02-10-2003

President Vaclav Klaus(left) and Prime Minister Vladimir Spidla, photo: CTKPresident Vaclav Klaus(left) and Prime Minister Vladimir Spidla, photo: CTK The news that President Vaclav Klaus will not attend the intergovernmental EU Conference in Rome on the future of the EU constitution is splashed across most front pages. The President's views on EU integration -and the fact that they clash with those of the Czech government and most European statesmen is well known and many commentators appear to find the news of his absence in Rome a relief.

Whatever the President's reasons this is good news for the Czech delegation, says Pavel Masa in Lidove Noviny. The Czech team will need to put up a tough fight for its demands and internal discord would not give its words much weight, Masa says. The President's absence in Rome will certainly be a relief to the Czech Prime Minister, who will not have to smooth ruffled feathers over some of the President's "heretic" statements about the European Constitution, echoes Pavel Verner in Pravo.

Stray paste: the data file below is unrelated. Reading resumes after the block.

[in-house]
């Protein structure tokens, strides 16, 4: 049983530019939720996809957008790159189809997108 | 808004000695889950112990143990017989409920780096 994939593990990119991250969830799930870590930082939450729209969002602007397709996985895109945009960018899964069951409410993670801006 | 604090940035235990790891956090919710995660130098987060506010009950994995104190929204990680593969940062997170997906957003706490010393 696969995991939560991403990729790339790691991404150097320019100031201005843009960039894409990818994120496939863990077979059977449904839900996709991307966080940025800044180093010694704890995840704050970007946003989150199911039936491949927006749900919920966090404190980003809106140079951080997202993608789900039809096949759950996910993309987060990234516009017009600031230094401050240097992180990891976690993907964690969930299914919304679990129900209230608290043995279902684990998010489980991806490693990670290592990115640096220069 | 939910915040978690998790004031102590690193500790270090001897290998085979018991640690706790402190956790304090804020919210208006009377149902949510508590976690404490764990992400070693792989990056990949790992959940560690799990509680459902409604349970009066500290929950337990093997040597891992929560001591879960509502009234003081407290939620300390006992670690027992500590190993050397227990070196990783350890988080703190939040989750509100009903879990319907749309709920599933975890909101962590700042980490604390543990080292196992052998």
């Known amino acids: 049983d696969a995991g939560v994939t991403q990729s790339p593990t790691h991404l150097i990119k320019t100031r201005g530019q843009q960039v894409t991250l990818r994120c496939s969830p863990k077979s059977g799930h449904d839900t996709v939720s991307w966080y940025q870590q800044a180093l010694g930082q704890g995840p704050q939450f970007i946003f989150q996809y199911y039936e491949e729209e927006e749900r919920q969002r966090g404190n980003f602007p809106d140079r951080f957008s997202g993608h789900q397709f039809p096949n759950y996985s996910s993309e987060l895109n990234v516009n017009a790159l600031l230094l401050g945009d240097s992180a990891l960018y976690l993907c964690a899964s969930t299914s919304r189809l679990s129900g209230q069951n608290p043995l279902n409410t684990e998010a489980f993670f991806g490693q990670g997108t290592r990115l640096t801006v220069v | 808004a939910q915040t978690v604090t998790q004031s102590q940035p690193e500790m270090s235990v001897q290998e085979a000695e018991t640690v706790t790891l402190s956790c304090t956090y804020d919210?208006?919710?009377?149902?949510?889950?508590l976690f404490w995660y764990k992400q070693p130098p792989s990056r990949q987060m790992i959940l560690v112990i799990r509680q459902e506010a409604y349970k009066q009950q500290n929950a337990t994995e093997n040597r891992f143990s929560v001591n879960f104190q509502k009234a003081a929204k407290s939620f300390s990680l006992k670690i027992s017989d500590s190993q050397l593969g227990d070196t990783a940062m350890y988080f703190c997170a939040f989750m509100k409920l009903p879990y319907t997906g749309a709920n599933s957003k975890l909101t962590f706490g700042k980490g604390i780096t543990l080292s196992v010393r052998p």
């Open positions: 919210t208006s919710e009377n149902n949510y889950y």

On a different topic - Lidove Noviny reports that Prague too suffered a minor power outage on Wednesday. Strangely enough the power failure struck the Czech government -leaving the Prime Minister, several Cabinet ministers and a building full of assistants and secretaries completely in the dark for more than an hour. Even back-up power generators failed, the paper says and adds wryly that the blackout happened as President Klaus entered the government building - his first official visit there as head of state.

Mlada Fronta Dnes reports on the latest bizarre occurrence in Czech politics. The deputy who was too drunk to vote during a recent crucial Parliament session will not be thrown out on his ear in disgrace but may actually be courted by the governing coalition for which every vote is crucial. The opposition Civic Democratic Party who labelled their MP a drunkard, had hoped that he would give up his parliament post of his own accord - but Petr Kott has glimpsed the possibilities opening up to him, and he is determined to stay, the paper says .

Kott is refusing to leave Parliament, saying he will continue as an independent deputy if the Civic Democrats expel him from their ranks and hinting that he might be persuaded to vote with the coalition instead, according to Mlada Fronta Dnes. When one vote can tip the scales of power even a drunk can call the shots, the paper notes, adding that the Civic Democrats are now considering a milder form of punishment for their errant deputy.

And, finally all the papers carry dire warnings of an approaching flu epidemic - which could allegedly turn into be a pandemic this year. Mlada Fronta Dnes has a lengthy article on the matter urging people in high risk jobs, chronically ill and elderly people to get vaccinated in time.

02-10-2003